Amazon Web Services (AWS) has launched new services, Lumberyard and Gamelift, to help developers create games and build communities of fans. By simplifying the infrastructure work it could help keep games developers loyal to its cloud services.
Amazon Lumberyard is a free, 3D game engine which developers can use to create games on any IT platform while using the computing and storage resources of the AWS Cloud. According to Amazon, Lumberyard’s visual scripting tool can open up the games development market because it allows non-technical game developers to add cloud-connected features to a game. It claims that features such as community news feeds, daily gifts or server-side combat resolution can be added in minutes through a drag-and-drop graphical user interface.
The other new AWS service, GameLift, aims to simplify the launch and operational management of session-based multiplayer games. Used in combination the two new services will make it easier for games developers to ramp up capacity to order as demand for high-performance game servers fluctuates. The services makes it easier for games developers to cater for fluctuating demand without the expense of additional engineering effort or upfront costs, says AWS.
Amazon Lumberyard is free and available today in beta for developers building PC and console games. A version for mobile and virtual reality (VR) platforms is ‘coming soon’ it says. GameLift is charged on a per-player basis, with fees currently $1.50 per 1,000 daily active users on top of the standard AWS services fees.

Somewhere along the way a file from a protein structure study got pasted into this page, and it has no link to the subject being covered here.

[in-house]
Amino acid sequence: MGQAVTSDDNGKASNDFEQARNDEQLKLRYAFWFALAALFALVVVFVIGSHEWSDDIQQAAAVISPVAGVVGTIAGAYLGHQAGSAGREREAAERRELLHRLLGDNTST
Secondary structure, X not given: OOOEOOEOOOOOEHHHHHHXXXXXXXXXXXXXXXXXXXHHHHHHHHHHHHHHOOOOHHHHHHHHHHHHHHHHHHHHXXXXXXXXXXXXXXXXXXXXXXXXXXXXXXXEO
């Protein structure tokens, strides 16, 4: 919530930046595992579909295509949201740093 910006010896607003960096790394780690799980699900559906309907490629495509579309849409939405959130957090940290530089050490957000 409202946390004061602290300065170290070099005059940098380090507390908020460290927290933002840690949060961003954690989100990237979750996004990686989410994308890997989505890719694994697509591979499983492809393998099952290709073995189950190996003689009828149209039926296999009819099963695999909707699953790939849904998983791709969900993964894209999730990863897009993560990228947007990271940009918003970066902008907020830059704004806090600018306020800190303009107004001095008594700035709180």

Developers typically need to bring 20 technology components to build the highest-quality games, according to Mike Frazzini, Amazon Games’s VP. The expense of resources such as real-time graphics rendering, animation systems and physics simulation make this a prohibitive and risky market to be in.
“Game developers asked for a game engine with the power of commercial engines but significantly less expensive and deeply integrated with AWS for the back,” said Frazzini. AWS now provides that with Lumberyard and GameLift, he said.
Developing and maintaining a back-end infrastructure for multiplayer games requires time, money and expertise that are beyond the reach of most developers, according to Chris Jones, Obsidian Entertainment’s CTO. “GameLift removes much of that burden from the developer, allowing them to focus their energy on bringing their game ideas to life,” said Jones.